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Morning tip: Garrett Temple sets example for Wizards to follow

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Morning tip: Garrett Temple sets example for Wizards to follow

Part of the reason the Wizards had been so successful against the Chicago Bulls, especially when they beat them in five games of a first-round playoff series two years ago, is they matched their edginess on the court.

They'll need to rediscover that for tonight's game in their first meeting of the regular season at United Center (CSN, CSNmidatlantic.com and NBC Sports Live Extra, 7:30 p.m. ET). 

That attitude has largely been absent for the Wizards (16-19) this season, but Garrett Temple took coach Randy Wittman's words to heart recently when he called out his team for allowing the Toronto Raptors to get away with hard fouls on Otto Porter. Saturday, when Nic Vucevic struck Marcin Gortat across the face to draw a Flagrant 1 foul, it was Temple who stood up. 

"We've gone through situations the night before there was a flagrant foul. We barely went and helped our own guy out against Toronto," Wittman said of Porter, who was flattened by Patrick Patterson and Luis Scola. "We talked about it. This is a battle. Somebody takes a cheap shot on you you got to stand up for him. We're not going to fight. We're going to stand up for each other."

Temple didn't blink in going chest-to-chest with Vucevic, who stands six inches taller and 65 pounds heavier.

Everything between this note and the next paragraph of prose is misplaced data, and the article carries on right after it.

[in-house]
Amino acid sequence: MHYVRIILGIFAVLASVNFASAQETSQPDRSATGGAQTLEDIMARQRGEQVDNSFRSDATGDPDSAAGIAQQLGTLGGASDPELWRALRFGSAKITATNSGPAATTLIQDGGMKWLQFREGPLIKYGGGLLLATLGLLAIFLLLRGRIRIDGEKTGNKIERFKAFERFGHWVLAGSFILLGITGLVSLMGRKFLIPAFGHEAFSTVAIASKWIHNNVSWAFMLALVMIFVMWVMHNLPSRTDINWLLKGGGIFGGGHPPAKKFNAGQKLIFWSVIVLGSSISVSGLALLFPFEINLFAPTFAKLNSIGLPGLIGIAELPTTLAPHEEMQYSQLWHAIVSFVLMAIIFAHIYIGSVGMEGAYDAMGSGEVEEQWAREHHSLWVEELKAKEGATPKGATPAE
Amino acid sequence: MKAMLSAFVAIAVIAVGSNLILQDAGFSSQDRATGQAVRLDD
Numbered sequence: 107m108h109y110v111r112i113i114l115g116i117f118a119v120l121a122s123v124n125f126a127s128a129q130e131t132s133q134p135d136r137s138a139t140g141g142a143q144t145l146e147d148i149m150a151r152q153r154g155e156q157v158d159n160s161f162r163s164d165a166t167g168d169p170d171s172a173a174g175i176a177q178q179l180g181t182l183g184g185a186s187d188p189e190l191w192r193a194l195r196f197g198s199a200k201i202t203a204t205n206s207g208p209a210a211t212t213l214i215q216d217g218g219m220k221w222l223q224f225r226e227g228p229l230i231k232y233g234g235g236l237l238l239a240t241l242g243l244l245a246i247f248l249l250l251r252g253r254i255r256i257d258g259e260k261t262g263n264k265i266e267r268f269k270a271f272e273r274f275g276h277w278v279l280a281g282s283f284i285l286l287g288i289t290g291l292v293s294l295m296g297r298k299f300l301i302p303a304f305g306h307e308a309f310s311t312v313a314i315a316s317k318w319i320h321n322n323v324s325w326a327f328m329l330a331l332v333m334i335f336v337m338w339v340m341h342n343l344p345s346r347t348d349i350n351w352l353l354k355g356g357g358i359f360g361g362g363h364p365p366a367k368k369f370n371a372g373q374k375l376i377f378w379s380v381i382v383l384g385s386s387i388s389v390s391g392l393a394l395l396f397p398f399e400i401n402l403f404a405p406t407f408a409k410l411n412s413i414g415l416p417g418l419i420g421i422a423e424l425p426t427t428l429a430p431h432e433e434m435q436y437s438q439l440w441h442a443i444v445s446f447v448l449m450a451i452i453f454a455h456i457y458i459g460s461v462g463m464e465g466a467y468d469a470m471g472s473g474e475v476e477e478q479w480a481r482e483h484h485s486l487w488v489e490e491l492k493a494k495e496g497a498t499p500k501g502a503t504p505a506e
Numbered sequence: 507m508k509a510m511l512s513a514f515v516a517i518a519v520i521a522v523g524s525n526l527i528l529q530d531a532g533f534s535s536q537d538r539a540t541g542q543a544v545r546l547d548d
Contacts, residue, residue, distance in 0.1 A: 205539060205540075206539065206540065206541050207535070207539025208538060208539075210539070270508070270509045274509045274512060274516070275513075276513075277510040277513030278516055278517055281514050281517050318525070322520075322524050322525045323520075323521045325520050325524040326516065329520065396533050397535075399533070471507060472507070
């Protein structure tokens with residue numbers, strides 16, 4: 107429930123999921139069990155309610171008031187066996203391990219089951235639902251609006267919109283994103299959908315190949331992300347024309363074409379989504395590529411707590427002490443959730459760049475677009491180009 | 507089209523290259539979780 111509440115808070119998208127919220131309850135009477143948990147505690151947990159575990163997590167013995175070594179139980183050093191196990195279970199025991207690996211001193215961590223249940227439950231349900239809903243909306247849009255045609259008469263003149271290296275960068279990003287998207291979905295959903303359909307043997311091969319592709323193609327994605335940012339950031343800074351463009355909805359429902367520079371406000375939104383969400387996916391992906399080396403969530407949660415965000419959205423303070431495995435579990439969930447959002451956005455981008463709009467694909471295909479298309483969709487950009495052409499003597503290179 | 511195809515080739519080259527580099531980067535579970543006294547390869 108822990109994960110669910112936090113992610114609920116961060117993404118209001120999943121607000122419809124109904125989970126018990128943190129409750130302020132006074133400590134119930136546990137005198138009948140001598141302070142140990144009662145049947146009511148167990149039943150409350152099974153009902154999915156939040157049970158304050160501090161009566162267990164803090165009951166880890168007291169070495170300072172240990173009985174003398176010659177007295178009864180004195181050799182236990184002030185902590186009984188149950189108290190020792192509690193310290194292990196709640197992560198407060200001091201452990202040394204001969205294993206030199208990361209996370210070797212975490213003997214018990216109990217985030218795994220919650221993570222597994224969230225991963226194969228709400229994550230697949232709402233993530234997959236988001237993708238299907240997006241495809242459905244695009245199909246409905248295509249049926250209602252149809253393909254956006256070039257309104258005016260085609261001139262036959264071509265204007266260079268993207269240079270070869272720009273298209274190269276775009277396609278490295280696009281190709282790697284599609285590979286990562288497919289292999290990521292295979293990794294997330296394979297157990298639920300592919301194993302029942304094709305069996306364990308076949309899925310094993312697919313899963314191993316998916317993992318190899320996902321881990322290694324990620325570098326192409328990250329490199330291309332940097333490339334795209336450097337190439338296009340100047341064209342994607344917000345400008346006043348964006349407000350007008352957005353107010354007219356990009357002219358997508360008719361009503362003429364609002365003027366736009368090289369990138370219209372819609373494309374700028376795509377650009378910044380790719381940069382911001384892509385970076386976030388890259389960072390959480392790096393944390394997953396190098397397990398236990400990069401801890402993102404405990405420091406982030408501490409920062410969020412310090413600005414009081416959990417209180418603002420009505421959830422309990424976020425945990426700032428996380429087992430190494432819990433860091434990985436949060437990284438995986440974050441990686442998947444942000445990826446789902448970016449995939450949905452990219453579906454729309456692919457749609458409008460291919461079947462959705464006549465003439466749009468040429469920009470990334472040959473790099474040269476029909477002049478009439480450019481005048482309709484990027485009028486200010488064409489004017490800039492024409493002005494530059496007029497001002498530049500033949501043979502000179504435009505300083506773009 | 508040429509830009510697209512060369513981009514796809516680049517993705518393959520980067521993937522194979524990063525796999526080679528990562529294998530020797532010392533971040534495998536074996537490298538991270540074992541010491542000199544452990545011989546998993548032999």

"When Patterson fouled Otto, somebody should've been there and said something to him," point guard John Wall said. "When Luis Scola hit Otto cutting down the middle, somebody should've said something to him. It's not trying to be a dirty team or starting an altercation. It's stepping up for your teammate."

Nene, who missed the last game because of a sore right triceps, grabbed Bulls guard Jimmy Butler by the throat in a preseason game last year and was suspended for the season-opener. Nene let his anger towards Joakim Noah get the best of him in a regular season game, too, when he fouled out without a point.

In their playoff matchup, Wall and Bradley Beal (out) had their run-ins with Bulls players. They haven't forgotten being embarrassed by the Wizards as they lost every home game in that playoff series.

The Bulls (22-13) are playing well but are hardly infallible. if the Wizards show the lapses in play that they had in the 97-88 loss to Toronto, they could get run out of the building. If they show the defiance of Temple in that 105-99 win in Orlando, they can win just as easily.

"We didn't play stellar. We had some bad stretches, turned the ball over but our intensity never wavered," Wittman said after Saturday's game. "It never affected us one bit defensively. That's how you get through bad stretches."

MORE WIZARDS: Gortat shares gory closeups, jokes about 'ear job' from Vucevic

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Bradley Beal becomes youngest player in NBA history to reach 900 career 3-pointers